Going a long way for Game Boy Advanced video out

Here’s an intense hack that lets [Matt Evans] play Game Boy Advanced on a larger LCD monitor. He didn’t take the easy way out during any step of the process.

He’s using an FPGA to translate the LCD signals from the GBA hardware into a 1280×960 picture that is then pushed to the large monitor. But did he use an FPGA development board? No, instead he picked up an old PCI card at a surplus store because it had a Xilinx Virtex-E FPGA. So the first thing he had to do there was to remove unneeded components and figure out how to make the connections to reprogram that chip.

So next you’d grab a working monitor and hook it up to the FPGA signal, right? Wrong, [Matt] had a slightly borked monitor, getting rid of the LVDS section and wiring up his own connections to push the RGB signals through in parallel.

Yeah, that’s a lot of work. But as you can see in the clip after the break, it works like a charm. If you’re looking for some other gnarly video-out hacks, check out this one that lets you play Game Boy on an oscilloscope.

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Simple VGA interface for tiny FPGA boards


[devb] has been playing around with XESS FPGA boards for ages, and as long as he can remember, they have had built-in VGA interfaces. His newest acquisition, a XuLA FPGA board, doesn’t have any external parts or ports aside from a USB connector. He needed to get video output from the board, so he decided to build a VGA interface himself.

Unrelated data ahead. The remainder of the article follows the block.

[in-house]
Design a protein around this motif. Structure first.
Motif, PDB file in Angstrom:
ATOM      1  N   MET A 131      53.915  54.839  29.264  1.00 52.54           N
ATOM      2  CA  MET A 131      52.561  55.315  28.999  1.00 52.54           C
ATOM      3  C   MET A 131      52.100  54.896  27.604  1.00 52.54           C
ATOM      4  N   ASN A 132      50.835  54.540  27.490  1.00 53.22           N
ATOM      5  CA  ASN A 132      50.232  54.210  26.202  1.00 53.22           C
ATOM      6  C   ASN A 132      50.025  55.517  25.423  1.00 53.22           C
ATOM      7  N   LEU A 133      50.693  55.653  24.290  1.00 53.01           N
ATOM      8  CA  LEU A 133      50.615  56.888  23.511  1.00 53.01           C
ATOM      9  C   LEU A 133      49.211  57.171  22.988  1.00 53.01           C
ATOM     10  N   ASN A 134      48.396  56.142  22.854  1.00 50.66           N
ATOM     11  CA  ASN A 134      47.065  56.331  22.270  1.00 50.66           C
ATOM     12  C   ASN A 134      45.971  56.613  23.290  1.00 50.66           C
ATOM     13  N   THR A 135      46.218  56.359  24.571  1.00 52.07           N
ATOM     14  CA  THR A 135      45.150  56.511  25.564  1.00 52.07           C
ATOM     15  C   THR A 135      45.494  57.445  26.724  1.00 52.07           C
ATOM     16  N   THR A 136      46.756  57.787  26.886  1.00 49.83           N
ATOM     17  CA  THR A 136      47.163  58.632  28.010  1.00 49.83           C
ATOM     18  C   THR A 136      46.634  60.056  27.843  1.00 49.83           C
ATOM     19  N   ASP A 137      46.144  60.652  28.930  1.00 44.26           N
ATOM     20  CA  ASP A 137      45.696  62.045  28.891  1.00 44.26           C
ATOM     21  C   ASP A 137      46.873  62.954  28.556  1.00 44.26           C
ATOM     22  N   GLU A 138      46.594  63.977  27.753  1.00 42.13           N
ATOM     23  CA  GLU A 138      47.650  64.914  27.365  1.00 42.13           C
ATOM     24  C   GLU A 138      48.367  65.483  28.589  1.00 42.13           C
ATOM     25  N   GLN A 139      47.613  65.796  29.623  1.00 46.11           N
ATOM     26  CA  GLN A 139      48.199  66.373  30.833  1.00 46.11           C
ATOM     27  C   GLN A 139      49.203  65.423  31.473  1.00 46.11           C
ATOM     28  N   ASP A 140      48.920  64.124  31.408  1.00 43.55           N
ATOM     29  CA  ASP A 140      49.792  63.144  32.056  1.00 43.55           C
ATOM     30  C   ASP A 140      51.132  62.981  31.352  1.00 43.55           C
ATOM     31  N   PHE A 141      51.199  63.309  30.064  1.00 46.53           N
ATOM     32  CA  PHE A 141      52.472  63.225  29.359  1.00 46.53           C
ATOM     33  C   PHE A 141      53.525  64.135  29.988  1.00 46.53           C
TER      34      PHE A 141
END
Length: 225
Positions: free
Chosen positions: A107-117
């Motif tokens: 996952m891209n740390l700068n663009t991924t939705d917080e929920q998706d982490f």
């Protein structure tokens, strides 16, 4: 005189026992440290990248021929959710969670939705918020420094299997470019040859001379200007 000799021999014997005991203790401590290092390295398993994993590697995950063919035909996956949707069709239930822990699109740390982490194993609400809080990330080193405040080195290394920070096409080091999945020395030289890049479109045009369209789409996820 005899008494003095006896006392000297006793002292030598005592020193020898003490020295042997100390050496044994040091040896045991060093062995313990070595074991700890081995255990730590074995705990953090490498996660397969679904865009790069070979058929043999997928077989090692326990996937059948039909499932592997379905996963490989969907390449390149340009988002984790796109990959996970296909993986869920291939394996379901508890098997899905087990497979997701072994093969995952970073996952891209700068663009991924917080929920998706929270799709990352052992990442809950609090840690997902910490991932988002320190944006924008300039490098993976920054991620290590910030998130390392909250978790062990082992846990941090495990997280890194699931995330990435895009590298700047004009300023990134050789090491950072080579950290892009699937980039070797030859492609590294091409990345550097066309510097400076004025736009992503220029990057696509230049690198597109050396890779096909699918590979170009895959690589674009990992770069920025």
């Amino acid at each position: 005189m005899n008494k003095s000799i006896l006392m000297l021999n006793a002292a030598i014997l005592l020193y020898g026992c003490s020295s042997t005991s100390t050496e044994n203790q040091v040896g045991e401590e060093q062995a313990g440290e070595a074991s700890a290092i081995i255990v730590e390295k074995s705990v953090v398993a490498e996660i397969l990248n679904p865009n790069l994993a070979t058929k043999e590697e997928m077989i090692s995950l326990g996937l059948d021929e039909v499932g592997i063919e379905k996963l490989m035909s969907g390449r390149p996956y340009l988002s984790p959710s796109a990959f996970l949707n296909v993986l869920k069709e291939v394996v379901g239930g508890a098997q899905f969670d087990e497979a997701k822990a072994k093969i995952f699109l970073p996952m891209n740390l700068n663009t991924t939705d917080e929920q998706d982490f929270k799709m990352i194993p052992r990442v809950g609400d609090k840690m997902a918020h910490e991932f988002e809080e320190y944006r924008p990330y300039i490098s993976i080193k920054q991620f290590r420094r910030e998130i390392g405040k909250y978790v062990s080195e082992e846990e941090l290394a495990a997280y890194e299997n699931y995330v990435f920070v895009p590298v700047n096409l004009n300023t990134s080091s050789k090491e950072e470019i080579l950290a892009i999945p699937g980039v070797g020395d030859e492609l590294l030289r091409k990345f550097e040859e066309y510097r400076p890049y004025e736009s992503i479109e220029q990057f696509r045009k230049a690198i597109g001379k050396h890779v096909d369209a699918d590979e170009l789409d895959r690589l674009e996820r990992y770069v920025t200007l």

He prototyped a 512-color VGA interface board which worked just fine, but he thought it would be way too cumbersome to use for each and every project. To keep life simple, he designed a small PCB that integrates a VGA connector and all of the resistors he needed to get the signal from the FPGA. His boards plug directly into a breadboard, so only a handful of wires is needed to connect the FPGA to a monitor.

As you can see on his site, the adapter works quite well, allowing the FPGA to put out a crisp 800×600 image with little fuss. [devb] has also posted all of his design files on his site in Eagle format for anyone interested in replicating his work.